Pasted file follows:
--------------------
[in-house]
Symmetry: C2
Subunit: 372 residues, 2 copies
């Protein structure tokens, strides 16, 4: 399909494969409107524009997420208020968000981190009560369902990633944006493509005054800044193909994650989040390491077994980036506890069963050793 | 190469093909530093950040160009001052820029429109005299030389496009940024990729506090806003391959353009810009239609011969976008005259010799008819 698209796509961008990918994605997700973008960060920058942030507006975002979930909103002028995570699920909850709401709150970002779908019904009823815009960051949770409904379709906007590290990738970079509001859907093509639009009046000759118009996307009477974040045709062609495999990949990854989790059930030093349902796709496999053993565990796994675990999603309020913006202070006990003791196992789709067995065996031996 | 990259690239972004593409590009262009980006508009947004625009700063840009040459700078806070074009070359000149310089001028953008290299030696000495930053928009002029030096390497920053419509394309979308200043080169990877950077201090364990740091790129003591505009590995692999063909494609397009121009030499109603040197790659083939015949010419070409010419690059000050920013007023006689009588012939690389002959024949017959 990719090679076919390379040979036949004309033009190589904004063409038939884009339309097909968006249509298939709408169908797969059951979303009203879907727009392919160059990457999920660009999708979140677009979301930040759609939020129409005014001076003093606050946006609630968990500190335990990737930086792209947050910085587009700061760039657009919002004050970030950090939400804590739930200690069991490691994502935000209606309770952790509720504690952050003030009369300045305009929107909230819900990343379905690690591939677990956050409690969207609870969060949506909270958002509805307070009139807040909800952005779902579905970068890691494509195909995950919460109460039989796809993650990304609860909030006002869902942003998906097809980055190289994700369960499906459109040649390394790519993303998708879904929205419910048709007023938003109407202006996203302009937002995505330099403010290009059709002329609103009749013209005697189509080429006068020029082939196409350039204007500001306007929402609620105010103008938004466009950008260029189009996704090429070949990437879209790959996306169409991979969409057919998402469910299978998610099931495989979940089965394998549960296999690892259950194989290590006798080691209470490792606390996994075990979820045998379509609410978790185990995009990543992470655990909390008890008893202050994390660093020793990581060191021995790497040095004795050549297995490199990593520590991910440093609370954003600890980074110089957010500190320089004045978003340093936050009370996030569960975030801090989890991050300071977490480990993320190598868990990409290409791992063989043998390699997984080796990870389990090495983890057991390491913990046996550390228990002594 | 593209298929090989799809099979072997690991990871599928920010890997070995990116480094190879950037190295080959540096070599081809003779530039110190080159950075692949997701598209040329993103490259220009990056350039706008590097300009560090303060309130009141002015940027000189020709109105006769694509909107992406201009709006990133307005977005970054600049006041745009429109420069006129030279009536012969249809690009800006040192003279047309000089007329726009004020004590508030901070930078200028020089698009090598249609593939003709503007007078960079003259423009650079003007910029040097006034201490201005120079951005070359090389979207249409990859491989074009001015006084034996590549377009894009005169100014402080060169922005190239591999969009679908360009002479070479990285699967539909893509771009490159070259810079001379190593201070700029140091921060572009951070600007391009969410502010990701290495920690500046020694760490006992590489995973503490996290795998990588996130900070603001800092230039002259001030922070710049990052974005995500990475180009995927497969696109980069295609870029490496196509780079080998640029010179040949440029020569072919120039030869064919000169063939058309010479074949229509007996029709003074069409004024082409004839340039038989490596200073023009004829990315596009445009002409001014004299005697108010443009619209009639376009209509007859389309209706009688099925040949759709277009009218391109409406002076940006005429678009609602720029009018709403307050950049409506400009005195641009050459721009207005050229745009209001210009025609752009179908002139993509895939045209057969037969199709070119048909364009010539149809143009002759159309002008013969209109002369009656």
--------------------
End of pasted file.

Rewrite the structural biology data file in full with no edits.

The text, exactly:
[in-house]
Symmetry: C2
Subunit: 372 residues, 2 copies
């Protein structure tokens, strides 16, 4: 399909494969409107524009997420208020968000981190009560369902990633944006493509005054800044193909994650989040390491077994980036506890069963050793 | 190469093909530093950040160009001052820029429109005299030389496009940024990729506090806003391959353009810009239609011969976008005259010799008819 698209796509961008990918994605997700973008960060920058942030507006975002979930909103002028995570699920909850709401709150970002779908019904009823815009960051949770409904379709906007590290990738970079509001859907093509639009009046000759118009996307009477974040045709062609495999990949990854989790059930030093349902796709496999053993565990796994675990999603309020913006202070006990003791196992789709067995065996031996 | 990259690239972004593409590009262009980006508009947004625009700063840009040459700078806070074009070359000149310089001028953008290299030696000495930053928009002029030096390497920053419509394309979308200043080169990877950077201090364990740091790129003591505009590995692999063909494609397009121009030499109603040197790659083939015949010419070409010419690059000050920013007023006689009588012939690389002959024949017959 990719090679076919390379040979036949004309033009190589904004063409038939884009339309097909968006249509298939709408169908797969059951979303009203879907727009392919160059990457999920660009999708979140677009979301930040759609939020129409005014001076003093606050946006609630968990500190335990990737930086792209947050910085587009700061760039657009919002004050970030950090939400804590739930200690069991490691994502935000209606309770952790509720504690952050003030009369300045305009929107909230819900990343379905690690591939677990956050409690969207609870969060949506909270958002509805307070009139807040909800952005779902579905970068890691494509195909995950919460109460039989796809993650990304609860909030006002869902942003998906097809980055190289994700369960499906459109040649390394790519993303998708879904929205419910048709007023938003109407202006996203302009937002995505330099403010290009059709002329609103009749013209005697189509080429006068020029082939196409350039204007500001306007929402609620105010103008938004466009950008260029189009996704090429070949990437879209790959996306169409991979969409057919998402469910299978998610099931495989979940089965394998549960296999690892259950194989290590006798080691209470490792606390996994075990979820045998379509609410978790185990995009990543992470655990909390008890008893202050994390660093020793990581060191021995790497040095004795050549297995490199990593520590991910440093609370954003600890980074110089957010500190320089004045978003340093936050009370996030569960975030801090989890991050300071977490480990993320190598868990990409290409791992063989043998390699997984080796990870389990090495983890057991390491913990046996550390228990002594 | 593209298929090989799809099979072997690991990871599928920010890997070995990116480094190879950037190295080959540096070599081809003779530039110190080159950075692949997701598209040329993103490259220009990056350039706008590097300009560090303060309130009141002015940027000189020709109105006769694509909107992406201009709006990133307005977005970054600049006041745009429109420069006129030279009536012969249809690009800006040192003279047309000089007329726009004020004590508030901070930078200028020089698009090598249609593939003709503007007078960079003259423009650079003007910029040097006034201490201005120079951005070359090389979207249409990859491989074009001015006084034996590549377009894009005169100014402080060169922005190239591999969009679908360009002479070479990285699967539909893509771009490159070259810079001379190593201070700029140091921060572009951070600007391009969410502010990701290495920690500046020694760490006992590489995973503490996290795998990588996130900070603001800092230039002259001030922070710049990052974005995500990475180009995927497969696109980069295609870029490496196509780079080998640029010179040949440029020569072919120039030869064919000169063939058309010479074949229509007996029709003074069409004024082409004839340039038989490596200073023009004829990315596009445009002409001014004299005697108010443009619209009639376009209509007859389309209706009688099925040949759709277009009218391109409406002076940006005429678009609602720029009018709403307050950049409506400009005195641009050459721009207005050229745009209001210009025609752009179908002139993509895939045209057969037969199709070119048909364009010539149809143009002759159309002008013969209109002369009656």